The effective graph reveals redundancy, canalization, and control pathways in biochemical regulation and signaling

Alexander J. Gates, Rion Brattig Correia, Xuan Wang, and Luis M. Rocha

PNAS March 23, 2021 118 (12) e2022598118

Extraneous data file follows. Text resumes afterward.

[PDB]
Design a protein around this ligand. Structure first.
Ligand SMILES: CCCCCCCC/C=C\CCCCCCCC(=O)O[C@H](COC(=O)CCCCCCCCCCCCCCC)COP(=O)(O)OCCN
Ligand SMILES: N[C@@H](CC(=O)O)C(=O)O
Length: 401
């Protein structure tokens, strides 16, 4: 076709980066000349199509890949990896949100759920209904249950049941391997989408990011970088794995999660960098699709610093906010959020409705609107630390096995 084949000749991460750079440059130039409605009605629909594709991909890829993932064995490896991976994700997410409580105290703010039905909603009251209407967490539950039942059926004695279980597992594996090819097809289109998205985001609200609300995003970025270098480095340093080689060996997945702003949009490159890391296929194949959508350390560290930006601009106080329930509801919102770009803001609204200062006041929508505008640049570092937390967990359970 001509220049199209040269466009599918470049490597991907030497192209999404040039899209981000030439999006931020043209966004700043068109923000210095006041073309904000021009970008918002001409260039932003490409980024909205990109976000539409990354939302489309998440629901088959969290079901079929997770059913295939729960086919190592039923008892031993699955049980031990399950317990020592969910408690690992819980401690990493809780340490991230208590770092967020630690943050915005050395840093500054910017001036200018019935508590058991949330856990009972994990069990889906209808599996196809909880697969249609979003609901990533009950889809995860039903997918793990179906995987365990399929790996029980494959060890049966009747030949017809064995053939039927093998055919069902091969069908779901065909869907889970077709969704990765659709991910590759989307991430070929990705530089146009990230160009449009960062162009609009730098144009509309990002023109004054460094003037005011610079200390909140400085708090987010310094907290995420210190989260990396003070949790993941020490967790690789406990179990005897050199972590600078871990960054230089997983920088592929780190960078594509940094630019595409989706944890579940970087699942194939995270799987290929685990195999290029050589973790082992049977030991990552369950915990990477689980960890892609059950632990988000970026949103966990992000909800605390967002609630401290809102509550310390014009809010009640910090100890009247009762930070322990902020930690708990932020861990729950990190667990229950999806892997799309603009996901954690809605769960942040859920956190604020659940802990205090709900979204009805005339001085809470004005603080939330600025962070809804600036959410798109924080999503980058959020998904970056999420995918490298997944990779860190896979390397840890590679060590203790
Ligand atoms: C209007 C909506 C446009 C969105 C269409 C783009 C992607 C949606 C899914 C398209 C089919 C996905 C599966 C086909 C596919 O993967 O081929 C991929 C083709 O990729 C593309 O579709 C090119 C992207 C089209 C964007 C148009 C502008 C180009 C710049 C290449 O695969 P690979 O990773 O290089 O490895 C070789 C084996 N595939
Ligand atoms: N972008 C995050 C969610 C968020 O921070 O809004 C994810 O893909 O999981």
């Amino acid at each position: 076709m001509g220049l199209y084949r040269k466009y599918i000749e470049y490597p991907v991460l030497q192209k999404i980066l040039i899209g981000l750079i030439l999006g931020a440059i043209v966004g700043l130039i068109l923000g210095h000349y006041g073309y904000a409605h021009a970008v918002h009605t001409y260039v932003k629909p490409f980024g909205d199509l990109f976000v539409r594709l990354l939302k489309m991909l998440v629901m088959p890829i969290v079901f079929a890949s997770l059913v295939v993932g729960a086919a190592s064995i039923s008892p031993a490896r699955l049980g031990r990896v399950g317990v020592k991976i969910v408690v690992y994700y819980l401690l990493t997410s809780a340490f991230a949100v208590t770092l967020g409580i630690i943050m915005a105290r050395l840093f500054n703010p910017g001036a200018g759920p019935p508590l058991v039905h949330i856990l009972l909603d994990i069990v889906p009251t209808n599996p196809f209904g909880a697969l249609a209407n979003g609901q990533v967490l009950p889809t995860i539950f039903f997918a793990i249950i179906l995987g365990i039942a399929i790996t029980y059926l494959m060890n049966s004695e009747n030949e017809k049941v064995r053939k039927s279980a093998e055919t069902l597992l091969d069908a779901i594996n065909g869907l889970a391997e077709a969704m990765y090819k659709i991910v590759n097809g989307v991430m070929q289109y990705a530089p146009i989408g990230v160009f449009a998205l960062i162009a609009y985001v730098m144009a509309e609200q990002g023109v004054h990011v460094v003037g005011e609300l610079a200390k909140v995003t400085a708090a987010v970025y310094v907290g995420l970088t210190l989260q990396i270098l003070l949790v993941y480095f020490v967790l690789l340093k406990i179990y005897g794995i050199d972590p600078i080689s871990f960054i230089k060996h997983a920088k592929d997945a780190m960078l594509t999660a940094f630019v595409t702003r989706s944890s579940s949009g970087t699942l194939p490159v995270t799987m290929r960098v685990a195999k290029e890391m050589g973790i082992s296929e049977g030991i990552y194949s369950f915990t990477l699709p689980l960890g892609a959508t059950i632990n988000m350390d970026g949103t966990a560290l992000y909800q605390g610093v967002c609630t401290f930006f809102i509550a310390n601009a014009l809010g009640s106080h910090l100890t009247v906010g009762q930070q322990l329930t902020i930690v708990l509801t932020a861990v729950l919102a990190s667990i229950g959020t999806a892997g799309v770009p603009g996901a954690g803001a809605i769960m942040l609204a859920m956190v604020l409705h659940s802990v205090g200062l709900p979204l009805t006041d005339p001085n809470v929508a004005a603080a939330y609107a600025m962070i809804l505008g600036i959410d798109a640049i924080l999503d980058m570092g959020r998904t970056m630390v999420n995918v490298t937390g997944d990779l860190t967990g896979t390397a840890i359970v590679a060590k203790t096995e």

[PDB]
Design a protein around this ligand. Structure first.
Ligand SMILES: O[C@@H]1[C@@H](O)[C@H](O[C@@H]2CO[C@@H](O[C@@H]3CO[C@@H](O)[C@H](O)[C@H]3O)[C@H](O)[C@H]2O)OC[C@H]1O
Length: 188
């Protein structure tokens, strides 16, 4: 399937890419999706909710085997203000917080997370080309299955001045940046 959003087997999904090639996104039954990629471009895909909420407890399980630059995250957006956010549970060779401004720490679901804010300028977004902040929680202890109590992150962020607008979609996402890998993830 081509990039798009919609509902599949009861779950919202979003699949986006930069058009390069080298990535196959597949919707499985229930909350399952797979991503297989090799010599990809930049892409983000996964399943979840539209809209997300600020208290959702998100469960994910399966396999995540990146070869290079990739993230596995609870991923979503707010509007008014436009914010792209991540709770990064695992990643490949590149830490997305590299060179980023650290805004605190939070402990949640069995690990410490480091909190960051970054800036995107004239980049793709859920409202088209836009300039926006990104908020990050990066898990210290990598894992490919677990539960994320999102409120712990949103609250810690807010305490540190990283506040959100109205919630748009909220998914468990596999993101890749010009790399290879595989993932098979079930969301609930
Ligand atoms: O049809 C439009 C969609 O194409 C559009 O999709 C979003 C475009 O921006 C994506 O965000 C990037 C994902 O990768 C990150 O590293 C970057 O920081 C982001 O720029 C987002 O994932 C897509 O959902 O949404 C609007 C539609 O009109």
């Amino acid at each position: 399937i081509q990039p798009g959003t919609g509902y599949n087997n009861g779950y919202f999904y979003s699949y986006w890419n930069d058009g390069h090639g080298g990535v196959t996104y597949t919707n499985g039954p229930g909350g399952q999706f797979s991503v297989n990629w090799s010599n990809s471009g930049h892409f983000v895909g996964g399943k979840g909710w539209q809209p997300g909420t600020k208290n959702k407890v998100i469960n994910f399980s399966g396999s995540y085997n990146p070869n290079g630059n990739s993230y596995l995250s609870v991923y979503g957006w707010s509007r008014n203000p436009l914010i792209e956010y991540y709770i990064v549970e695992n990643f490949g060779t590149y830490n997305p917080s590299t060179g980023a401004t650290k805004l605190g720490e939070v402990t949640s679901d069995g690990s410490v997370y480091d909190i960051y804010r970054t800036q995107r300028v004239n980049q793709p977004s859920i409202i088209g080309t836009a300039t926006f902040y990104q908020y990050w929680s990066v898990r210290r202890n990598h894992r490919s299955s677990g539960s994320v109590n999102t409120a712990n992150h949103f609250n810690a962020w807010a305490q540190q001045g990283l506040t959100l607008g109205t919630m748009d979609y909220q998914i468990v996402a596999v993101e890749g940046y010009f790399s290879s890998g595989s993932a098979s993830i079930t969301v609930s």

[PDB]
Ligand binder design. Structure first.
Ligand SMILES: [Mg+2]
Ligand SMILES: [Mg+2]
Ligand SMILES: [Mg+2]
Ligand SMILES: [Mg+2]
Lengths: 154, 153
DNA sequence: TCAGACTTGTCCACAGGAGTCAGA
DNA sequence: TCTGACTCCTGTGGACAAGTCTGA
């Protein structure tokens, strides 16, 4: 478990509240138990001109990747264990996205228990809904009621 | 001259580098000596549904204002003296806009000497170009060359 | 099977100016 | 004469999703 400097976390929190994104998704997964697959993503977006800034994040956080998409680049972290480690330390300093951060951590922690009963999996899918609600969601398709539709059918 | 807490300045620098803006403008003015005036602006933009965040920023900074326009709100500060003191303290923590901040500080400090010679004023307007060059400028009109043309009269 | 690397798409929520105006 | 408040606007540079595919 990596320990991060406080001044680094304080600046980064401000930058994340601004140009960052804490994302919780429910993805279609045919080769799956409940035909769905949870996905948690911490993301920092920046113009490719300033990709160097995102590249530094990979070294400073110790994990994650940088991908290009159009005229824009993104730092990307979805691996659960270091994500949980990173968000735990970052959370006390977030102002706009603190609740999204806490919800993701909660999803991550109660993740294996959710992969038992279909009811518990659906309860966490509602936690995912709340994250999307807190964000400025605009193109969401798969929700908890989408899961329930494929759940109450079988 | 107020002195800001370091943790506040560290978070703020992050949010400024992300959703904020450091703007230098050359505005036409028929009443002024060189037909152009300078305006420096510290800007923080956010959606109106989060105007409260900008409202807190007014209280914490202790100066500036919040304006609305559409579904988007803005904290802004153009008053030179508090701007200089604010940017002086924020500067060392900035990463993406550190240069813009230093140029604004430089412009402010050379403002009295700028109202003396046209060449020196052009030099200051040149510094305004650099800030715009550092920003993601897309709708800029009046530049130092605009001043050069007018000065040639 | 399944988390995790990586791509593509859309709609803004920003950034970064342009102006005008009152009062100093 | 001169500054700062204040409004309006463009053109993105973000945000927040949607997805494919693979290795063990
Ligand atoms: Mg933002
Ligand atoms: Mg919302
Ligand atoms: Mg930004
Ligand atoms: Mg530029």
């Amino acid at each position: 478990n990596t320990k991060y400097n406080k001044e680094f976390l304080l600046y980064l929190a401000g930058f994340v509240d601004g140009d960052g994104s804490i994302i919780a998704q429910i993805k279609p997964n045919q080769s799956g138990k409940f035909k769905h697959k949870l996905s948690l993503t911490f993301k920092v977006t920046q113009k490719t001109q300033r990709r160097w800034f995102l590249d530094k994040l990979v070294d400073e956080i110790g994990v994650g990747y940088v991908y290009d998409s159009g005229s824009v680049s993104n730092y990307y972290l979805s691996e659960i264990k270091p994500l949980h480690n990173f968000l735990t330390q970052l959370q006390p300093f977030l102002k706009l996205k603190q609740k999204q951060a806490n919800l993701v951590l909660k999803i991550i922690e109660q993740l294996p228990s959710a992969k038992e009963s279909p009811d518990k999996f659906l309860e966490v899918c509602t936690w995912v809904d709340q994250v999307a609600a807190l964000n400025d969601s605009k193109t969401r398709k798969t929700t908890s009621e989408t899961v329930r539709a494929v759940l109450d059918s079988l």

Many biological networks are modeled with multivariate discrete dynamical systems. Current theory suggests that the network of interactions captures salient features of system dynamics, but it misses a key aspect of these networks: some interactions are more important than others due to dynamical redundancy and nonlinearity. This unequivalence leads to a canalized dynamics that differs from constraints inferred from network structure alone. To capture the redundancy present in biochemical regulatory and signaling interactions, we present the effective graph, an experimentally validated mathematical framework that synthesizes both structure and dynamics in a weighted graph representation of discrete multivariate systems. Our results demonstrate the ubiquity of redundancy in biology and provide a tool to increase causal explainability and control of biochemical systems.

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